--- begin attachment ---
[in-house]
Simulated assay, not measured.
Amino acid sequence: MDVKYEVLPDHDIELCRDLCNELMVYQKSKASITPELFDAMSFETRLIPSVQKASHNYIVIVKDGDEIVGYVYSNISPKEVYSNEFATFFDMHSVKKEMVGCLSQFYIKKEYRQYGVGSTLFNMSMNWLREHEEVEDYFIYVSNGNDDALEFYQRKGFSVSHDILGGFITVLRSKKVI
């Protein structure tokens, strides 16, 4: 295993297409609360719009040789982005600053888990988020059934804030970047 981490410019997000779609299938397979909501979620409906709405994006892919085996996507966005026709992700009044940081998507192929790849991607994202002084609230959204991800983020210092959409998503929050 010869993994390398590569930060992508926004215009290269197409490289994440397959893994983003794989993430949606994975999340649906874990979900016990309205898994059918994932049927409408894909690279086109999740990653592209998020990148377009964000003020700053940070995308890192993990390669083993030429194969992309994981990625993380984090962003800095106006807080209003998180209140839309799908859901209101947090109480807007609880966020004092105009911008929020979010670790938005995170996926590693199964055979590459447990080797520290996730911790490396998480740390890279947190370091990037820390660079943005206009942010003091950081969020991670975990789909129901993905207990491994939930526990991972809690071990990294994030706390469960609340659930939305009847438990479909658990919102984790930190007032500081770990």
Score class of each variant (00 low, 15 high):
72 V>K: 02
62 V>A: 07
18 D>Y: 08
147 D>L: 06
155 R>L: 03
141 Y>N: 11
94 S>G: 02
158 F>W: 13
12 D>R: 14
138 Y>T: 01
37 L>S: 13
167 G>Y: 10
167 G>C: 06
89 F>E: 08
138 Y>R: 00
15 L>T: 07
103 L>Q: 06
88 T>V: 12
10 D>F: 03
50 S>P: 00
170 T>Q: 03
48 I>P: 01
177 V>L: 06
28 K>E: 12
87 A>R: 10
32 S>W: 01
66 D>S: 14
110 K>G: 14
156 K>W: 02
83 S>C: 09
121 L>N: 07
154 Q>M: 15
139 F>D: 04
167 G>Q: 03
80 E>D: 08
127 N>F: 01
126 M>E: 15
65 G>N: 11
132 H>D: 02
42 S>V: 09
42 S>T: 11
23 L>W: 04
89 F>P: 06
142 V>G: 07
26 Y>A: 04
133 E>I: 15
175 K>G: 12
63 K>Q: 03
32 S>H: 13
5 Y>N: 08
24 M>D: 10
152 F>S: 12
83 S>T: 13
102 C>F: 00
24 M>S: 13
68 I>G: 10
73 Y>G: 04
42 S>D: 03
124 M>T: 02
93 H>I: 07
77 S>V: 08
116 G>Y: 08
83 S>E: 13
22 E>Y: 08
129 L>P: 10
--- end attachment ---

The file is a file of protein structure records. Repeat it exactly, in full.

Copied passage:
[in-house]
Simulated assay, not measured.
Amino acid sequence: MDVKYEVLPDHDIELCRDLCNELMVYQKSKASITPELFDAMSFETRLIPSVQKASHNYIVIVKDGDEIVGYVYSNISPKEVYSNEFATFFDMHSVKKEMVGCLSQFYIKKEYRQYGVGSTLFNMSMNWLREHEEVEDYFIYVSNGNDDALEFYQRKGFSVSHDILGGFITVLRSKKVI
């Protein structure tokens, strides 16, 4: 295993297409609360719009040789982005600053888990988020059934804030970047 981490410019997000779609299938397979909501979620409906709405994006892919085996996507966005026709992700009044940081998507192929790849991607994202002084609230959204991800983020210092959409998503929050 010869993994390398590569930060992508926004215009290269197409490289994440397959893994983003794989993430949606994975999340649906874990979900016990309205898994059918994932049927409408894909690279086109999740990653592209998020990148377009964000003020700053940070995308890192993990390669083993030429194969992309994981990625993380984090962003800095106006807080209003998180209140839309799908859901209101947090109480807007609880966020004092105009911008929020979010670790938005995170996926590693199964055979590459447990080797520290996730911790490396998480740390890279947190370091990037820390660079943005206009942010003091950081969020991670975990789909129901993905207990491994939930526990991972809690071990990294994030706390469960609340659930939305009847438990479909658990919102984790930190007032500081770990």
Score class of each variant (00 low, 15 high):
72 V>K: 02
62 V>A: 07
18 D>Y: 08
147 D>L: 06
155 R>L: 03
141 Y>N: 11
94 S>G: 02
158 F>W: 13
12 D>R: 14
138 Y>T: 01
37 L>S: 13
167 G>Y: 10
167 G>C: 06
89 F>E: 08
138 Y>R: 00
15 L>T: 07
103 L>Q: 06
88 T>V: 12
10 D>F: 03
50 S>P: 00
170 T>Q: 03
48 I>P: 01
177 V>L: 06
28 K>E: 12
87 A>R: 10
32 S>W: 01
66 D>S: 14
110 K>G: 14
156 K>W: 02
83 S>C: 09
121 L>N: 07
154 Q>M: 15
139 F>D: 04
167 G>Q: 03
80 E>D: 08
127 N>F: 01
126 M>E: 15
65 G>N: 11
132 H>D: 02
42 S>V: 09
42 S>T: 11
23 L>W: 04
89 F>P: 06
142 V>G: 07
26 Y>A: 04
133 E>I: 15
175 K>G: 12
63 K>Q: 03
32 S>H: 13
5 Y>N: 08
24 M>D: 10
152 F>S: 12
83 S>T: 13
102 C>F: 00
24 M>S: 13
68 I>G: 10
73 Y>G: 04
42 S>D: 03
124 M>T: 02
93 H>I: 07
77 S>V: 08
116 G>Y: 08
83 S>E: 13
22 E>Y: 08
129 L>P: 10